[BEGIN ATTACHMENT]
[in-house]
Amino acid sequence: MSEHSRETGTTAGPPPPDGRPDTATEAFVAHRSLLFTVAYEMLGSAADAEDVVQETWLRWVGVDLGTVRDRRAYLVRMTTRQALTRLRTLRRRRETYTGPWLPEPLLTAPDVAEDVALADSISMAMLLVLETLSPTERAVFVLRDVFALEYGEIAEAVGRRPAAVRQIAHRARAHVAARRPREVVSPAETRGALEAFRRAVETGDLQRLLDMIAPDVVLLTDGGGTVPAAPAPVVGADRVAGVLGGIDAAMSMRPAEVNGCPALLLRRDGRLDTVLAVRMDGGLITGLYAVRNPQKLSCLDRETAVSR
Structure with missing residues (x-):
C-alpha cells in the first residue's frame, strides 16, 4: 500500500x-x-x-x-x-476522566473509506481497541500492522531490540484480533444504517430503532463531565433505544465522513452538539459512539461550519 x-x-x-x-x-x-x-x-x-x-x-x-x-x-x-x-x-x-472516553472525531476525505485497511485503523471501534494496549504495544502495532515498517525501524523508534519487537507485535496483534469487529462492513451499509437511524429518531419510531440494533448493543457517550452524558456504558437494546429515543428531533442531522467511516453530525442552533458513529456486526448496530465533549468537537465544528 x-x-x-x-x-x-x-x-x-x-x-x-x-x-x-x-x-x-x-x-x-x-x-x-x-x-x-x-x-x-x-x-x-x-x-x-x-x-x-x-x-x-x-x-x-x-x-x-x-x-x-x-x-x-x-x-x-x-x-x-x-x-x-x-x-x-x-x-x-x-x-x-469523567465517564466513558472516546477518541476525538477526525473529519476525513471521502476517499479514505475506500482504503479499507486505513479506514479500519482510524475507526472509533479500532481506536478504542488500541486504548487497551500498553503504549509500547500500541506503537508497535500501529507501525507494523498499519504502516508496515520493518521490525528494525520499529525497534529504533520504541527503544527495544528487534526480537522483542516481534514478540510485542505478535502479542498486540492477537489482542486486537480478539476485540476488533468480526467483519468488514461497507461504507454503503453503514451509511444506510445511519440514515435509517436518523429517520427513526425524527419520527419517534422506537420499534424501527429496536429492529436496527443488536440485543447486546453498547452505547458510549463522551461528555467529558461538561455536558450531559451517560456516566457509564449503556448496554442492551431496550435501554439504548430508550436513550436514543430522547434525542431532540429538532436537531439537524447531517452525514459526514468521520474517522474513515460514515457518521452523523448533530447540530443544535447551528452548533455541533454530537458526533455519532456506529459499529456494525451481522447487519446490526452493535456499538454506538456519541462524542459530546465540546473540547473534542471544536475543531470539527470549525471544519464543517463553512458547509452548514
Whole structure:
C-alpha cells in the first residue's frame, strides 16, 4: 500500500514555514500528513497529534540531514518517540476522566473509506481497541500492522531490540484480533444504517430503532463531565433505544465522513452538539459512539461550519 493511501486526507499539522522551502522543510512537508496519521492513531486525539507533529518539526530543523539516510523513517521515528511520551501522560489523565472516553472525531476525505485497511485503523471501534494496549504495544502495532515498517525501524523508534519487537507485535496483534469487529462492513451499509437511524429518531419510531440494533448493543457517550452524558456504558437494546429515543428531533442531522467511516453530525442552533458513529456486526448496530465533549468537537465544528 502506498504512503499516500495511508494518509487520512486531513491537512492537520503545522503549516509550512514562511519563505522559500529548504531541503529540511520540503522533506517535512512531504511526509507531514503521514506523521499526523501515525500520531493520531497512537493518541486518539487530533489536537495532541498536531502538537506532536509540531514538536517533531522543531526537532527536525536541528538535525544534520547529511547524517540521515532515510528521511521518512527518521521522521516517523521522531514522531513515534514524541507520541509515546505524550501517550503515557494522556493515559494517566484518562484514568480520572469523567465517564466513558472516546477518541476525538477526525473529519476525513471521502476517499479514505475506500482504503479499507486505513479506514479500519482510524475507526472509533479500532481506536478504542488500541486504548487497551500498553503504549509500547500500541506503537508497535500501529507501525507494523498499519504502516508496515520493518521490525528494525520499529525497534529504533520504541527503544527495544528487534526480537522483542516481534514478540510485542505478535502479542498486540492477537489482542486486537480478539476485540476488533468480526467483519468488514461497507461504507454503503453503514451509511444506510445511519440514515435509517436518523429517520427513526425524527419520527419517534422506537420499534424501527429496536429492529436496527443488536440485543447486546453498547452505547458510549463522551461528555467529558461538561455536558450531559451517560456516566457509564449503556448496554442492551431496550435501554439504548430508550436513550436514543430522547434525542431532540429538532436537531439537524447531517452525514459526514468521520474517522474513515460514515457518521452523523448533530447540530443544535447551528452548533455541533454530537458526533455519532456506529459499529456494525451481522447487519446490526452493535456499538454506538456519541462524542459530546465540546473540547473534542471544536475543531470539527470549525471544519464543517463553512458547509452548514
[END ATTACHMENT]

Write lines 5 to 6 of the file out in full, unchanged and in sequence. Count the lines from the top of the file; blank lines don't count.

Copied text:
Whole structure:
C-alpha cells in the first residue's frame, strides 16, 4: 500500500514555514500528513497529534540531514518517540476522566473509506481497541500492522531490540484480533444504517430503532463531565433505544465522513452538539459512539461550519 493511501486526507499539522522551502522543510512537508496519521492513531486525539507533529518539526530543523539516510523513517521515528511520551501522560489523565472516553472525531476525505485497511485503523471501534494496549504495544502495532515498517525501524523508534519487537507485535496483534469487529462492513451499509437511524429518531419510531440494533448493543457517550452524558456504558437494546429515543428531533442531522467511516453530525442552533458513529456486526448496530465533549468537537465544528 502506498504512503499516500495511508494518509487520512486531513491537512492537520503545522503549516509550512514562511519563505522559500529548504531541503529540511520540503522533506517535512512531504511526509507531514503521514506523521499526523501515525500520531493520531497512537493518541486518539487530533489536537495532541498536531502538537506532536509540531514538536517533531522543531526537532527536525536541528538535525544534520547529511547524517540521515532515510528521511521518512527518521521522521516517523521522531514522531513515534514524541507520541509515546505524550501517550503515557494522556493515559494517566484518562484514568480520572469523567465517564466513558472516546477518541476525538477526525473529519476525513471521502476517499479514505475506500482504503479499507486505513479506514479500519482510524475507526472509533479500532481506536478504542488500541486504548487497551500498553503504549509500547500500541506503537508497535500501529507501525507494523498499519504502516508496515520493518521490525528494525520499529525497534529504533520504541527503544527495544528487534526480537522483542516481534514478540510485542505478535502479542498486540492477537489482542486486537480478539476485540476488533468480526467483519468488514461497507461504507454503503453503514451509511444506510445511519440514515435509517436518523429517520427513526425524527419520527419517534422506537420499534424501527429496536429492529436496527443488536440485543447486546453498547452505547458510549463522551461528555467529558461538561455536558450531559451517560456516566457509564449503556448496554442492551431496550435501554439504548430508550436513550436514543430522547434525542431532540429538532436537531439537524447531517452525514459526514468521520474517522474513515460514515457518521452523523448533530447540530443544535447551528452548533455541533454530537458526533455519532456506529459499529456494525451481522447487519446490526452493535456499538454506538456519541462524542459530546465540546473540547473534542471544536475543531470539527470549525471544519464543517463553512458547509452548514